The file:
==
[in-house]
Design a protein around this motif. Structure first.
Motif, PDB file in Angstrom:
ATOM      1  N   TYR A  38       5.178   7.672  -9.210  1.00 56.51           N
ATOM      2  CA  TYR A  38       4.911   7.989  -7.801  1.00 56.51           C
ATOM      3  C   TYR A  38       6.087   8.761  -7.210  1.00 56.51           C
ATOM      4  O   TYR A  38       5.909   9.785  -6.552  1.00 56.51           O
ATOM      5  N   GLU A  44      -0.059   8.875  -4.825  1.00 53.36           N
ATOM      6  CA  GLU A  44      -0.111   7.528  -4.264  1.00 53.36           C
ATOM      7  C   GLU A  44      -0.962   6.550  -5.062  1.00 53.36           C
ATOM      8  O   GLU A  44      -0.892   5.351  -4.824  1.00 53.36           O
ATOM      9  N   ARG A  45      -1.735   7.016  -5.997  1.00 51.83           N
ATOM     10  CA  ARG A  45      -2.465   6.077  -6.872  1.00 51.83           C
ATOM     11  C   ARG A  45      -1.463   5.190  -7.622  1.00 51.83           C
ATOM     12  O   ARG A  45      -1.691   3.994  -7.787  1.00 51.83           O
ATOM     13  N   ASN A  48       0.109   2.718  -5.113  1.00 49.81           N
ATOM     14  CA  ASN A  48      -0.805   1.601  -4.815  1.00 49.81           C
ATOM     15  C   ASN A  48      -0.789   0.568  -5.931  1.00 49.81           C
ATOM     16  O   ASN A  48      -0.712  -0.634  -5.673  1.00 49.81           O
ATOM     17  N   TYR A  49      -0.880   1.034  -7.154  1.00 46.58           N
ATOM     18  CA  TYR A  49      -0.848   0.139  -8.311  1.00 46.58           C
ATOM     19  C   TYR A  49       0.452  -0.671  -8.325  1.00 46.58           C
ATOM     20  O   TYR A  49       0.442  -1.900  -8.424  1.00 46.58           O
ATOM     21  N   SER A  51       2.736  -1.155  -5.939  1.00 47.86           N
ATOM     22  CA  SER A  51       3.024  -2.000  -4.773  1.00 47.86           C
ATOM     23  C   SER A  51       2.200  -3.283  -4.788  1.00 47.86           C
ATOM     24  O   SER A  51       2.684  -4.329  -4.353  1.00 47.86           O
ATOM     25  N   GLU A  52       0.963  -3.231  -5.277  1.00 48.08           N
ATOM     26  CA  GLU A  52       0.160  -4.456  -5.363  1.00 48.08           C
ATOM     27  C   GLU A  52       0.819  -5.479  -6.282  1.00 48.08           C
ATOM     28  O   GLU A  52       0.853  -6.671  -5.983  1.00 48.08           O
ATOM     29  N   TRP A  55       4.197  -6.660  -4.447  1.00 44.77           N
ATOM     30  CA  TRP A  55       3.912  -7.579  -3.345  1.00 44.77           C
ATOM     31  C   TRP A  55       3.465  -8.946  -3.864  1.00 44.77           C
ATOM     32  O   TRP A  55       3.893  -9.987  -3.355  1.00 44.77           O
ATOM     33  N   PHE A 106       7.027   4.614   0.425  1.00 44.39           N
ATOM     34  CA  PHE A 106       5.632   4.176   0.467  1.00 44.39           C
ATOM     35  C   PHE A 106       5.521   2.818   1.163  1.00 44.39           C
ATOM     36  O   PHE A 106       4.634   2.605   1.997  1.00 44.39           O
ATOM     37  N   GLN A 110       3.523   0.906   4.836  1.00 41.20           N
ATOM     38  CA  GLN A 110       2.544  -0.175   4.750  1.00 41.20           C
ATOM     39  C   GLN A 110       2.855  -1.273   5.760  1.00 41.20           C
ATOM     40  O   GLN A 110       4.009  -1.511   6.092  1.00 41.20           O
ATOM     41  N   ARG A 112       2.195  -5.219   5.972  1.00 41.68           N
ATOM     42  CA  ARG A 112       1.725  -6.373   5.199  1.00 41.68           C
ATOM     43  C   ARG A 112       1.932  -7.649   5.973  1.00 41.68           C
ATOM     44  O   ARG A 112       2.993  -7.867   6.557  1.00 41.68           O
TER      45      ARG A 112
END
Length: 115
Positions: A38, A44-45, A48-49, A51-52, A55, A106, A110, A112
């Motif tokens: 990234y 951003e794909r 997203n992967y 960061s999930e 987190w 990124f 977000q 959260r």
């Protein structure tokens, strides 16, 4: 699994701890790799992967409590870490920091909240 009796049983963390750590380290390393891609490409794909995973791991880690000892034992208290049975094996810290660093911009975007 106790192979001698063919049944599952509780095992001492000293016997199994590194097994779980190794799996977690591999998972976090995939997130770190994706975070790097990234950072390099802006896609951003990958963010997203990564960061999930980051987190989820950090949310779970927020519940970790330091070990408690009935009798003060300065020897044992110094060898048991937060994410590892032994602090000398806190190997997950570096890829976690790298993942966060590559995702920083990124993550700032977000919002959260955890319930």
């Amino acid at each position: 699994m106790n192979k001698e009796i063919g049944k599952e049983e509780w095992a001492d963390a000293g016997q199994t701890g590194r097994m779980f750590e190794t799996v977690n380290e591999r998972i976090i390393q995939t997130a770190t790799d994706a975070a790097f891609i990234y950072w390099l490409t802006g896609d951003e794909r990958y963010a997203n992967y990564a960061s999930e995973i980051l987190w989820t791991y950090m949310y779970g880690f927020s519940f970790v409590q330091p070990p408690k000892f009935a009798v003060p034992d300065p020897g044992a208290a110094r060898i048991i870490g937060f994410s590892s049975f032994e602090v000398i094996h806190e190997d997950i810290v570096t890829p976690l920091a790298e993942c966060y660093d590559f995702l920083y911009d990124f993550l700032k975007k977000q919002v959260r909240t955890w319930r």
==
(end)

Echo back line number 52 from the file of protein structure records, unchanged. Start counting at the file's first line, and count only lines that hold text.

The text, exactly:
């Motif tokens: 990234y 951003e794909r 997203n992967y 960061s999930e 987190w 990124f 977000q 959260r």